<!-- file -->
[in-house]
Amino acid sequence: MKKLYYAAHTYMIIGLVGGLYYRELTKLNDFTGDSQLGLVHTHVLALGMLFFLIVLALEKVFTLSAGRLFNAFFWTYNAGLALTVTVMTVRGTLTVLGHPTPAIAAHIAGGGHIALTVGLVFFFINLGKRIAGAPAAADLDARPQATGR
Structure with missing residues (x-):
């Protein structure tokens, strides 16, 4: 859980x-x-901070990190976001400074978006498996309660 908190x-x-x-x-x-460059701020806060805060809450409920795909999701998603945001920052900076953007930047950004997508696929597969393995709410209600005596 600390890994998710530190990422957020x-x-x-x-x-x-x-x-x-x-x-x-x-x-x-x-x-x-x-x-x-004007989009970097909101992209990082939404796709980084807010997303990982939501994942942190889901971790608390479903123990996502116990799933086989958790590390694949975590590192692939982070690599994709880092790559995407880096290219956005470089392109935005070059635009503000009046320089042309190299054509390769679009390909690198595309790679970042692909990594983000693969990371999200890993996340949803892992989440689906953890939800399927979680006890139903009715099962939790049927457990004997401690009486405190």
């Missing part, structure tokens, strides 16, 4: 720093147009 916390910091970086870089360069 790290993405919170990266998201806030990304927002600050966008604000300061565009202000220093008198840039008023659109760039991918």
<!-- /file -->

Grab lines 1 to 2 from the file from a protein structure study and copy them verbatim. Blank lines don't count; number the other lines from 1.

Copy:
[in-house]
Amino acid sequence: MKKLYYAAHTYMIIGLVGGLYYRELTKLNDFTGDSQLGLVHTHVLALGMLFFLIVLALEKVFTLSAGRLFNAFFWTYNAGLALTVTVMTVRGTLTVLGHPTPAIAAHIAGGGHIALTVGLVFFFINLGKRIAGAPAAADLDARPQATGR